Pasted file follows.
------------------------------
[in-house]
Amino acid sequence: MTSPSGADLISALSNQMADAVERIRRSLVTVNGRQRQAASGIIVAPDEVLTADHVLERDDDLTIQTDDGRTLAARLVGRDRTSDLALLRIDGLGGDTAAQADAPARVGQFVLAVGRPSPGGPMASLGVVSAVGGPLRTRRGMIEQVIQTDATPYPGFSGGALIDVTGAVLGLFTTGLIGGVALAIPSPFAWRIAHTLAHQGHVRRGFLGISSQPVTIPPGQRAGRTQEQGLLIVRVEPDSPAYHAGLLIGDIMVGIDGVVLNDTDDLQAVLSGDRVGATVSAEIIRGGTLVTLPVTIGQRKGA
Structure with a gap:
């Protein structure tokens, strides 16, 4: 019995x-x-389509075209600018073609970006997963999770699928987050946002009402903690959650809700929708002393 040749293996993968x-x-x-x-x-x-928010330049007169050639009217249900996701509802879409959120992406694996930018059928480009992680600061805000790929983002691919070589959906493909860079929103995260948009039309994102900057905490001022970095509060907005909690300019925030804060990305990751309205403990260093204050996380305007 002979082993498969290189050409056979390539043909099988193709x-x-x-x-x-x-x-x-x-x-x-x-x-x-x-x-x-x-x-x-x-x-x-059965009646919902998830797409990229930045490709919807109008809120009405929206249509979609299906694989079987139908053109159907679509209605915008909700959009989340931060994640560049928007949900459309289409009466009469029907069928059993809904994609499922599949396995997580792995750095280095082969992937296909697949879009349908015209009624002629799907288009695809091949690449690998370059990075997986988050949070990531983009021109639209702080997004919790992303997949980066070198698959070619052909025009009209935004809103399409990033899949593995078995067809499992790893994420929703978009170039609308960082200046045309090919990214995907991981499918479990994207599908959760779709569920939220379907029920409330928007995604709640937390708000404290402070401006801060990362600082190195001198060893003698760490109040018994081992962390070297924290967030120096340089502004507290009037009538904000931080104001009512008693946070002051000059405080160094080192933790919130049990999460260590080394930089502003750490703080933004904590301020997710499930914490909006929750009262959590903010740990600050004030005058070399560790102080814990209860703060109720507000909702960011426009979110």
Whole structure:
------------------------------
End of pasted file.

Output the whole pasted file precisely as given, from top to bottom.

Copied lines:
[in-house]
Amino acid sequence: MTSPSGADLISALSNQMADAVERIRRSLVTVNGRQRQAASGIIVAPDEVLTADHVLERDDDLTIQTDDGRTLAARLVGRDRTSDLALLRIDGLGGDTAAQADAPARVGQFVLAVGRPSPGGPMASLGVVSAVGGPLRTRRGMIEQVIQTDATPYPGFSGGALIDVTGAVLGLFTTGLIGGVALAIPSPFAWRIAHTLAHQGHVRRGFLGISSQPVTIPPGQRAGRTQEQGLLIVRVEPDSPAYHAGLLIGDIMVGIDGVVLNDTDDLQAVLSGDRVGATVSAEIIRGGTLVTLPVTIGQRKGA
Structure with a gap:
């Protein structure tokens, strides 16, 4: 019995x-x-389509075209600018073609970006997963999770699928987050946002009402903690959650809700929708002393 040749293996993968x-x-x-x-x-x-928010330049007169050639009217249900996701509802879409959120992406694996930018059928480009992680600061805000790929983002691919070589959906493909860079929103995260948009039309994102900057905490001022970095509060907005909690300019925030804060990305990751309205403990260093204050996380305007 002979082993498969290189050409056979390539043909099988193709x-x-x-x-x-x-x-x-x-x-x-x-x-x-x-x-x-x-x-x-x-x-x-059965009646919902998830797409990229930045490709919807109008809120009405929206249509979609299906694989079987139908053109159907679509209605915008909700959009989340931060994640560049928007949900459309289409009466009469029907069928059993809904994609499922599949396995997580792995750095280095082969992937296909697949879009349908015209009624002629799907288009695809091949690449690998370059990075997986988050949070990531983009021109639209702080997004919790992303997949980066070198698959070619052909025009009209935004809103399409990033899949593995078995067809499992790893994420929703978009170039609308960082200046045309090919990214995907991981499918479990994207599908959760779709569920939220379907029920409330928007995604709640937390708000404290402070401006801060990362600082190195001198060893003698760490109040018994081992962390070297924290967030120096340089502004507290009037009538904000931080104001009512008693946070002051000059405080160094080192933790919130049990999460260590080394930089502003750490703080933004904590301020997710499930914490909006929750009262959590903010740990600050004030005058070399560790102080814990209860703060109720507000909702960011426009979110």
Whole structure: